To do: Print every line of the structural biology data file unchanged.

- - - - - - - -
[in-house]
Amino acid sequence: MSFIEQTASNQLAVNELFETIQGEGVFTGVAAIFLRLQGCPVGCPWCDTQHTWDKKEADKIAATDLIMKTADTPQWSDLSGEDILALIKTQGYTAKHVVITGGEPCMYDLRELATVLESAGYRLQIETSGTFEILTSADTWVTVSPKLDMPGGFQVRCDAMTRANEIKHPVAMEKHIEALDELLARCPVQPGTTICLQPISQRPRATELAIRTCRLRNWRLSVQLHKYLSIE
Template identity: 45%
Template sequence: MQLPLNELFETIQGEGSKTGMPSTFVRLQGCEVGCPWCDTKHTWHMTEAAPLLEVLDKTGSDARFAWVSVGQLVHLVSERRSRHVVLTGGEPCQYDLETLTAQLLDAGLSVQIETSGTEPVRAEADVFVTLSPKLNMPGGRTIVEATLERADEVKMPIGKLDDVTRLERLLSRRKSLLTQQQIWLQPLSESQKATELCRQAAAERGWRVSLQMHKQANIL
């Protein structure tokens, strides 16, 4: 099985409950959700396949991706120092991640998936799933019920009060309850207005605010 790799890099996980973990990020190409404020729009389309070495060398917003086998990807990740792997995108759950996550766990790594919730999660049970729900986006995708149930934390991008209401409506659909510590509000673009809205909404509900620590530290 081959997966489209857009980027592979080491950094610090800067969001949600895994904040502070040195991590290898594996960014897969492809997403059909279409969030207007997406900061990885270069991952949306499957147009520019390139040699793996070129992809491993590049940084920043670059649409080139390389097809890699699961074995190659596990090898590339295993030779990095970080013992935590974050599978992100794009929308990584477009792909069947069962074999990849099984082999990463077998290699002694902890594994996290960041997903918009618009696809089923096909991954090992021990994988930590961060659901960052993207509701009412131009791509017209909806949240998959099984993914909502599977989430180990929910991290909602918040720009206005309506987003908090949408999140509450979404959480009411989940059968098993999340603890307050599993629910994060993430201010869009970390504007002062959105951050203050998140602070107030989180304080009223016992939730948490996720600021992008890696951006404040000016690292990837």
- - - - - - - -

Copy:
[in-house]
Amino acid sequence: MSFIEQTASNQLAVNELFETIQGEGVFTGVAAIFLRLQGCPVGCPWCDTQHTWDKKEADKIAATDLIMKTADTPQWSDLSGEDILALIKTQGYTAKHVVITGGEPCMYDLRELATVLESAGYRLQIETSGTFEILTSADTWVTVSPKLDMPGGFQVRCDAMTRANEIKHPVAMEKHIEALDELLARCPVQPGTTICLQPISQRPRATELAIRTCRLRNWRLSVQLHKYLSIE
Template identity: 45%
Template sequence: MQLPLNELFETIQGEGSKTGMPSTFVRLQGCEVGCPWCDTKHTWHMTEAAPLLEVLDKTGSDARFAWVSVGQLVHLVSERRSRHVVLTGGEPCQYDLETLTAQLLDAGLSVQIETSGTEPVRAEADVFVTLSPKLNMPGGRTIVEATLERADEVKMPIGKLDDVTRLERLLSRRKSLLTQQQIWLQPLSESQKATELCRQAAAERGWRVSLQMHKQANIL
């Protein structure tokens, strides 16, 4: 099985409950959700396949991706120092991640998936799933019920009060309850207005605010 790799890099996980973990990020190409404020729009389309070495060398917003086998990807990740792997995108759950996550766990790594919730999660049970729900986006995708149930934390991008209401409506659909510590509000673009809205909404509900620590530290 081959997966489209857009980027592979080491950094610090800067969001949600895994904040502070040195991590290898594996960014897969492809997403059909279409969030207007997406900061990885270069991952949306499957147009520019390139040699793996070129992809491993590049940084920043670059649409080139390389097809890699699961074995190659596990090898590339295993030779990095970080013992935590974050599978992100794009929308990584477009792909069947069962074999990849099984082999990463077998290699002694902890594994996290960041997903918009618009696809089923096909991954090992021990994988930590961060659901960052993207509701009412131009791509017209909806949240998959099984993914909502599977989430180990929910991290909602918040720009206005309506987003908090949408999140509450979404959480009411989940059968098993999340603890307050599993629910994060993430201010869009970390504007002062959105951050203050998140602070107030989180304080009223016992939730948490996720600021992008890696951006404040000016690292990837």